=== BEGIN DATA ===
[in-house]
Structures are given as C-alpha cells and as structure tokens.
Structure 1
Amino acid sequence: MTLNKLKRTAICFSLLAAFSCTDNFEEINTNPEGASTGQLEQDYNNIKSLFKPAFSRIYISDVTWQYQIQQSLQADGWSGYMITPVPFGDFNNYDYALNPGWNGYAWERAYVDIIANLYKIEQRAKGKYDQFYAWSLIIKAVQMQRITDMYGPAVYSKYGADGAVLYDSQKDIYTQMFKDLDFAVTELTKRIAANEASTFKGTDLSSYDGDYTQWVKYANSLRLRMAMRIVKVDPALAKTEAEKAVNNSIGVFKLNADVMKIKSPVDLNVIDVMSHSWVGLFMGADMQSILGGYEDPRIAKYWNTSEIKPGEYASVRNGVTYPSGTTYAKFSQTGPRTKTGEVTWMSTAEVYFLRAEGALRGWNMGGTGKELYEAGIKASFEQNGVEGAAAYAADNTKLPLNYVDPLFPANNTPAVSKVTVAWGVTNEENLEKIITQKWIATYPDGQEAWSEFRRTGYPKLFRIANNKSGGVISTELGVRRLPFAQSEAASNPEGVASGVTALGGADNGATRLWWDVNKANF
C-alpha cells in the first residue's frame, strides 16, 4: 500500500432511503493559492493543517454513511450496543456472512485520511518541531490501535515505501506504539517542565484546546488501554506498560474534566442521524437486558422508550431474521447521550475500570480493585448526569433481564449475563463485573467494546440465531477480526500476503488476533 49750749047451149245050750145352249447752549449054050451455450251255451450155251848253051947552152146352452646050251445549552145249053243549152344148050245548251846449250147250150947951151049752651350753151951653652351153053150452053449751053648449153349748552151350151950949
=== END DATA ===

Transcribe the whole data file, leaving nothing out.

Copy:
[in-house]
Structures are given as C-alpha cells and as structure tokens.
Structure 1
Amino acid sequence: MTLNKLKRTAICFSLLAAFSCTDNFEEINTNPEGASTGQLEQDYNNIKSLFKPAFSRIYISDVTWQYQIQQSLQADGWSGYMITPVPFGDFNNYDYALNPGWNGYAWERAYVDIIANLYKIEQRAKGKYDQFYAWSLIIKAVQMQRITDMYGPAVYSKYGADGAVLYDSQKDIYTQMFKDLDFAVTELTKRIAANEASTFKGTDLSSYDGDYTQWVKYANSLRLRMAMRIVKVDPALAKTEAEKAVNNSIGVFKLNADVMKIKSPVDLNVIDVMSHSWVGLFMGADMQSILGGYEDPRIAKYWNTSEIKPGEYASVRNGVTYPSGTTYAKFSQTGPRTKTGEVTWMSTAEVYFLRAEGALRGWNMGGTGKELYEAGIKASFEQNGVEGAAAYAADNTKLPLNYVDPLFPANNTPAVSKVTVAWGVTNEENLEKIITQKWIATYPDGQEAWSEFRRTGYPKLFRIANNKSGGVISTELGVRRLPFAQSEAASNPEGVASGVTALGGADNGATRLWWDVNKANF
C-alpha cells in the first residue's frame, strides 16, 4: 500500500432511503493559492493543517454513511450496543456472512485520511518541531490501535515505501506504539517542565484546546488501554506498560474534566442521524437486558422508550431474521447521550475500570480493585448526569433481564449475563463485573467494546440465531477480526500476503488476533 49750749047451149245050750145352249447752549449054050451455450251255451450155251848253051947552152146352452646050251445549552145249053243549152344148050245548251846449250147250150947951151049752651350753151951653652351153053150452053449751053648449153349748552151350151950949